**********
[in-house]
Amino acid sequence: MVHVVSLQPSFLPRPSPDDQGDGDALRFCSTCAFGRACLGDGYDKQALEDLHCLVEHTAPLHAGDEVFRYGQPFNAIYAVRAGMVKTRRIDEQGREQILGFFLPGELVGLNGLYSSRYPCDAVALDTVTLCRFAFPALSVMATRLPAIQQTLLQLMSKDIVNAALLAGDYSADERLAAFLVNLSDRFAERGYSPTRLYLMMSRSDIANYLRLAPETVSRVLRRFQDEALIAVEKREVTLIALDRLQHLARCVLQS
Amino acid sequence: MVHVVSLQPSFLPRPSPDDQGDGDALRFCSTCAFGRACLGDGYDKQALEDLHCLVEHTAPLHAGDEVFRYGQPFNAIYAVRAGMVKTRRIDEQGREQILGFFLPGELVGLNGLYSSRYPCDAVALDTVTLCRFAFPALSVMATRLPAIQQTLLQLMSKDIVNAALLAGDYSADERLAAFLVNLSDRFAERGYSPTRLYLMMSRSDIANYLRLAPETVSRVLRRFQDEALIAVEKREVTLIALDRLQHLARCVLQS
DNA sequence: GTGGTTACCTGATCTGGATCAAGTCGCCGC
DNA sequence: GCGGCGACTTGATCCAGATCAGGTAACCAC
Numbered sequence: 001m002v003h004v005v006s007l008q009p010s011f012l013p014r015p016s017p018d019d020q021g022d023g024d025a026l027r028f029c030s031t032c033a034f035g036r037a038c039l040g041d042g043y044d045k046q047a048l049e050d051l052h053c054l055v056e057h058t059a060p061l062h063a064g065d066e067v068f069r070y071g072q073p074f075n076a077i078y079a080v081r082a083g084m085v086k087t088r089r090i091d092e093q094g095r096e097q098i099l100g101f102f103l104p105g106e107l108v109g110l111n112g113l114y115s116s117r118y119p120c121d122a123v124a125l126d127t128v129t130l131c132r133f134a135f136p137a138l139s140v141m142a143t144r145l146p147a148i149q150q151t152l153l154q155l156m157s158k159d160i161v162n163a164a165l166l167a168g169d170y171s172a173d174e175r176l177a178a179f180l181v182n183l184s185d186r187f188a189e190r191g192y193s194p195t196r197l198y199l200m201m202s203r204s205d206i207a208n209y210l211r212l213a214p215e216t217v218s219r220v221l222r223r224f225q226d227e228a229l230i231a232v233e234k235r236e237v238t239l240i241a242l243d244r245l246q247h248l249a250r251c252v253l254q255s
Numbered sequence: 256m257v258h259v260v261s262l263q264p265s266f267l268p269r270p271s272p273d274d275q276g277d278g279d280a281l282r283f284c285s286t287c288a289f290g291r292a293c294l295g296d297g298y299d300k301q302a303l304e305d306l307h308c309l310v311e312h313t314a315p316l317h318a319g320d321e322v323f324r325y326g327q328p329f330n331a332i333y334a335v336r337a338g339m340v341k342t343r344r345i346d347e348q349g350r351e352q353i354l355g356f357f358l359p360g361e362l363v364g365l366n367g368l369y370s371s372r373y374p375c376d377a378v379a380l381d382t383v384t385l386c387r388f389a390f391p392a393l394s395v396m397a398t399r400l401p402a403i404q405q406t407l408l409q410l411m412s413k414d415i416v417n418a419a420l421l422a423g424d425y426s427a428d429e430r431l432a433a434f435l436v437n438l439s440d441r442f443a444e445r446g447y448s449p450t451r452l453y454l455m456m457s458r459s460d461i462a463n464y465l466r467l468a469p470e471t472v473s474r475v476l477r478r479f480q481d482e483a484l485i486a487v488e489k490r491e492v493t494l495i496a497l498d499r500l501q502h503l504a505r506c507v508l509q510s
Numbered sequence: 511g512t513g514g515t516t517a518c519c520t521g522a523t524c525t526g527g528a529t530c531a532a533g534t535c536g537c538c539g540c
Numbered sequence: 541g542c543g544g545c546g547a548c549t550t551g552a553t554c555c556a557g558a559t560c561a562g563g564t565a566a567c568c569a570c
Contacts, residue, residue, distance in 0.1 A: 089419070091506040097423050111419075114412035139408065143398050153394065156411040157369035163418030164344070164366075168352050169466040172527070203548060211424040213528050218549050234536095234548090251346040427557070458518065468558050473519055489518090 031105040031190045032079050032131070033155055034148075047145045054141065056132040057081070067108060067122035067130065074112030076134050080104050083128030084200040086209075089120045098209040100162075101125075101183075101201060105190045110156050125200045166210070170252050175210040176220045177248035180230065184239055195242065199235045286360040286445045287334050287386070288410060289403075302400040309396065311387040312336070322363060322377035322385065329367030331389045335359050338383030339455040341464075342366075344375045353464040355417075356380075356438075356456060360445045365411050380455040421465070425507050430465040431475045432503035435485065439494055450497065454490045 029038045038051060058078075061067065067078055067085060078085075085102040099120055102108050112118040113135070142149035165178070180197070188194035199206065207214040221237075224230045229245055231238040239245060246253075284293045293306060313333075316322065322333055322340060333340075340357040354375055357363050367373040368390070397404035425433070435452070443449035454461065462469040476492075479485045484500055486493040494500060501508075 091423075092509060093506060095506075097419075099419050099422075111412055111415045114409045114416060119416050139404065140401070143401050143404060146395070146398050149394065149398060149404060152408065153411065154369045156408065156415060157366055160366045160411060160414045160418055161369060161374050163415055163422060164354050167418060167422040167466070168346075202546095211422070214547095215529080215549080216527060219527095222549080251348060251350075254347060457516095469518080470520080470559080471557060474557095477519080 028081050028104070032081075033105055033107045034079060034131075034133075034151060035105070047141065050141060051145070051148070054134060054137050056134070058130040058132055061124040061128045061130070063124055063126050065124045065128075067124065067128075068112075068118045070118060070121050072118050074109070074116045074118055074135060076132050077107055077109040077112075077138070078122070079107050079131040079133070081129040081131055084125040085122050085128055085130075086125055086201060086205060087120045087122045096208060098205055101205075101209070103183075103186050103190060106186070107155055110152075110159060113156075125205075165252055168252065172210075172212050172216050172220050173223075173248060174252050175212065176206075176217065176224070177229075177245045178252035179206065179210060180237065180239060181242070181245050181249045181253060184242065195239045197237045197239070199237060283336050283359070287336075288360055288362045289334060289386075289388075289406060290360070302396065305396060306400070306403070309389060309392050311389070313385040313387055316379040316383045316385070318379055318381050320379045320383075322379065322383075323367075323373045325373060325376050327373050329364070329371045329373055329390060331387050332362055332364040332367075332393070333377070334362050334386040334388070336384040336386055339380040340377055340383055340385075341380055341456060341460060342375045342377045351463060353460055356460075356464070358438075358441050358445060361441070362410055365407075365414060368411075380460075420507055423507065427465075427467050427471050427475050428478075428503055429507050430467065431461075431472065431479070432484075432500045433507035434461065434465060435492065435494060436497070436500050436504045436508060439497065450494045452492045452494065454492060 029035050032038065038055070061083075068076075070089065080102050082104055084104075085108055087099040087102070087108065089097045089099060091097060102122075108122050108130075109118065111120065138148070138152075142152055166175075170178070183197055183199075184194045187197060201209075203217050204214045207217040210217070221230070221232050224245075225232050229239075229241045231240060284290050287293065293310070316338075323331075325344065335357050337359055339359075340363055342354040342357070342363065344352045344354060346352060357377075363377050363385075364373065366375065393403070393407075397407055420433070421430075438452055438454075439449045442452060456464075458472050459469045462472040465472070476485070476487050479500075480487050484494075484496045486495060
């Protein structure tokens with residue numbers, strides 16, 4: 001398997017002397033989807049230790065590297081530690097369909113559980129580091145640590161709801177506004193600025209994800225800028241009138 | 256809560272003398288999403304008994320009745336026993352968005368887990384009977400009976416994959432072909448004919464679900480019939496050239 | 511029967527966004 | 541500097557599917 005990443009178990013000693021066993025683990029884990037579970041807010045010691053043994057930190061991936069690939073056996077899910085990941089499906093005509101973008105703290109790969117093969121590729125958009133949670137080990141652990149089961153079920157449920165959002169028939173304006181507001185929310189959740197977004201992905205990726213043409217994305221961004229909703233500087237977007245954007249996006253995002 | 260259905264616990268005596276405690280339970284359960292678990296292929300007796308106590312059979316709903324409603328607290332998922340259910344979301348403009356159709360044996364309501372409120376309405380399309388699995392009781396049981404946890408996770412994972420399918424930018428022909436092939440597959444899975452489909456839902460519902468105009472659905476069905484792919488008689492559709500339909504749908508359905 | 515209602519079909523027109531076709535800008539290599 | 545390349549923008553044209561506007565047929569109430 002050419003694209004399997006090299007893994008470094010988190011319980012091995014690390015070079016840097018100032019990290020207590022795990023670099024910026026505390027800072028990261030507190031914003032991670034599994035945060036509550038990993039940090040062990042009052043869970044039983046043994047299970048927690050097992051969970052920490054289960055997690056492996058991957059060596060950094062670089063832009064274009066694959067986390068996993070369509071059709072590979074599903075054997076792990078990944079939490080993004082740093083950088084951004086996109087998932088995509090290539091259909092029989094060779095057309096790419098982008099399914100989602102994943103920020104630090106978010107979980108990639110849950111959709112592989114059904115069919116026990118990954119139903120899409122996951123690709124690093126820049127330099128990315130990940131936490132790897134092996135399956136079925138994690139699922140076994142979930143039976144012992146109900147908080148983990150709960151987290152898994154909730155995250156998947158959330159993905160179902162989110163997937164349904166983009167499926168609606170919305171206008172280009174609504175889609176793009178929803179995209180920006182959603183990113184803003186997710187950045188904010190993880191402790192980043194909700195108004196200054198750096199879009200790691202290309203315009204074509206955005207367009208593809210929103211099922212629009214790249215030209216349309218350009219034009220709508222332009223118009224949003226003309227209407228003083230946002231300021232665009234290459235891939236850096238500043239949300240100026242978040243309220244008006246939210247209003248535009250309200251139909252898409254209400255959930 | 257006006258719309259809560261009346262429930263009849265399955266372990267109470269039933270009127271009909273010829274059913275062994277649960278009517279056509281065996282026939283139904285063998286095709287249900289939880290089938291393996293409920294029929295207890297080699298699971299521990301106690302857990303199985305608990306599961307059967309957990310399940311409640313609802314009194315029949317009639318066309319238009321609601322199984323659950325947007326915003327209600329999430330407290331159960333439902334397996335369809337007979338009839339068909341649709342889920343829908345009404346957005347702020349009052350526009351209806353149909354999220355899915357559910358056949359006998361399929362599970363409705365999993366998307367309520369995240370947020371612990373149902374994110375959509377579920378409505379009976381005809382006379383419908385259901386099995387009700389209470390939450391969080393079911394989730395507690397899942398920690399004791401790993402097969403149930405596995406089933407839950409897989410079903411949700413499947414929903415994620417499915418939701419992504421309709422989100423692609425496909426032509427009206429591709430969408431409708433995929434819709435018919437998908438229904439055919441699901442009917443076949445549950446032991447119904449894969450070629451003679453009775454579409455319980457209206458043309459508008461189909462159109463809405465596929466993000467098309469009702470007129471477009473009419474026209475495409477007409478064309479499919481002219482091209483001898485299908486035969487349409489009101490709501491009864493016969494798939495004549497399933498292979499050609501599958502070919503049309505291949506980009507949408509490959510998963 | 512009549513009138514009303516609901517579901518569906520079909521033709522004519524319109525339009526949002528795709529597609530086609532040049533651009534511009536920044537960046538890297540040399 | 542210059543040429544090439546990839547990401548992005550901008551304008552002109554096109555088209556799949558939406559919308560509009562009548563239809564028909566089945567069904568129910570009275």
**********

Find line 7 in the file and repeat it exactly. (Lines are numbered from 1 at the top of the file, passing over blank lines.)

Numbered sequence: 256m257v258h259v260v261s262l263q264p265s266f267l268p269r270p271s272p273d274d275q276g277d278g279d280a281l282r283f284c285s286t287c288a289f290g291r292a293c294l295g296d297g298y299d300k301q302a303l304e305d306l307h308c309l310v311e312h313t314a315p316l317h318a319g320d321e322v323f324r325y326g327q328p329f330n331a332i333y334a335v336r337a338g339m340v341k342t343r344r345i346d347e348q349g350r351e352q353i354l355g356f357f358l359p360g361e362l363v364g365l366n367g368l369y370s371s372r373y374p375c376d377a378v379a380l381d382t383v384t385l386c387r388f389a390f391p392a393l394s395v396m397a398t399r400l401p402a403i404q405q406t407l408l409q410l411m412s413k414d415i416v417n418a419a420l421l422a423g424d425y426s427a428d429e430r431l432a433a434f435l436v437n438l439s440d441r442f443a444e445r446g447y448s449p450t451r452l453y454l455m456m457s458r459s460d461i462a463n464y465l466r467l468a469p470e471t472v473s474r475v476l477r478r479f480q481d482e483a484l485i486a487v488e489k490r491e492v493t494l495i496a497l498d499r500l501q502h503l504a505r506c507v508l509q510s